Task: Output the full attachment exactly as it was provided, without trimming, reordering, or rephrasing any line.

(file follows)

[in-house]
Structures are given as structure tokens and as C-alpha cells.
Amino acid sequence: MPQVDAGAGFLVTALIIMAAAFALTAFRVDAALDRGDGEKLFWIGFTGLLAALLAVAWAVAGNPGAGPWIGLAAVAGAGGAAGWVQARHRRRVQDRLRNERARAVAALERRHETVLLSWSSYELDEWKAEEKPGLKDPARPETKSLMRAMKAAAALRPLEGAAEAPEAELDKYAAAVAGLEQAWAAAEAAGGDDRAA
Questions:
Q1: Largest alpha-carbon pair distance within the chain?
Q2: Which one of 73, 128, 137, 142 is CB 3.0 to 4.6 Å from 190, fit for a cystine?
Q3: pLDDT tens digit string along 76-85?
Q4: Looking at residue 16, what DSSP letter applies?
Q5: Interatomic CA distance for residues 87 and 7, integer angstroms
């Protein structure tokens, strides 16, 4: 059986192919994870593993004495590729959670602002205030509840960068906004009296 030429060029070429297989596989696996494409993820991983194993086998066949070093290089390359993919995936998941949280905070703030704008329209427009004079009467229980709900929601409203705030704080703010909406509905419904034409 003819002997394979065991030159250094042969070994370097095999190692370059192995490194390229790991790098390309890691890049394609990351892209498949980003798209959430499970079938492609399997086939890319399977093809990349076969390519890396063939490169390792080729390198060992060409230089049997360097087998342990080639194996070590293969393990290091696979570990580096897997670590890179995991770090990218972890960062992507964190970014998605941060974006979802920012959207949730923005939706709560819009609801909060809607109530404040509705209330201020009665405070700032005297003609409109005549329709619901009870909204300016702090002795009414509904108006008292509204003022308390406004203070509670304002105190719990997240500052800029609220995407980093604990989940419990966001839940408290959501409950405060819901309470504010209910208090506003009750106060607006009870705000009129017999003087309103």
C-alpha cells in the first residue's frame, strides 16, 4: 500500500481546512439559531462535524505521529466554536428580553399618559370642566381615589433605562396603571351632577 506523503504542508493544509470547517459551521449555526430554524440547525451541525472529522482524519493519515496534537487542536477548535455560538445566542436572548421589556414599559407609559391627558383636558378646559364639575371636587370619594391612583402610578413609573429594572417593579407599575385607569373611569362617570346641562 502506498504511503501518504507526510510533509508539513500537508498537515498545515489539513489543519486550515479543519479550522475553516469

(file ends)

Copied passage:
[in-house]
Structures are given as structure tokens and as C-alpha cells.
Amino acid sequence: MPQVDAGAGFLVTALIIMAAAFALTAFRVDAALDRGDGEKLFWIGFTGLLAALLAVAWAVAGNPGAGPWIGLAAVAGAGGAAGWVQARHRRRVQDRLRNERARAVAALERRHETVLLSWSSYELDEWKAEEKPGLKDPARPETKSLMRAMKAAAALRPLEGAAEAPEAELDKYAAAVAGLEQAWAAAEAAGGDDRAA
Questions:
Q1: Largest alpha-carbon pair distance within the chain?
Q2: Which one of 73, 128, 137, 142 is CB 3.0 to 4.6 Å from 190, fit for a cystine?
Q3: pLDDT tens digit string along 76-85?
Q4: Looking at residue 16, what DSSP letter applies?
Q5: Interatomic CA distance for residues 87 and 7, integer angstroms
């Protein structure tokens, strides 16, 4: 059986192919994870593993004495590729959670602002205030509840960068906004009296 030429060029070429297989596989696996494409993820991983194993086998066949070093290089390359993919995936998941949280905070703030704008329209427009004079009467229980709900929601409203705030704080703010909406509905419904034409 003819002997394979065991030159250094042969070994370097095999190692370059192995490194390229790991790098390309890691890049394609990351892209498949980003798209959430499970079938492609399997086939890319399977093809990349076969390519890396063939490169390792080729390198060992060409230089049997360097087998342990080639194996070590293969393990290091696979570990580096897997670590890179995991770090990218972890960062992507964190970014998605941060974006979802920012959207949730923005939706709560819009609801909060809607109530404040509705209330201020009665405070700032005297003609409109005549329709619901009870909204300016702090002795009414509904108006008292509204003022308390406004203070509670304002105190719990997240500052800029609220995407980093604990989940419990966001839940408290959501409950405060819901309470504010209910208090506003009750106060607006009870705000009129017999003087309103």
C-alpha cells in the first residue's frame, strides 16, 4: 500500500481546512439559531462535524505521529466554536428580553399618559370642566381615589433605562396603571351632577 506523503504542508493544509470547517459551521449555526430554524440547525451541525472529522482524519493519515496534537487542536477548535455560538445566542436572548421589556414599559407609559391627558383636558378646559364639575371636587370619594391612583402610578413609573429594572417593579407599575385607569373611569362617570346641562 502506498504511503501518504507526510510533509508539513500537508498537515498545515489539513489543519486550515479543519479550522475553516469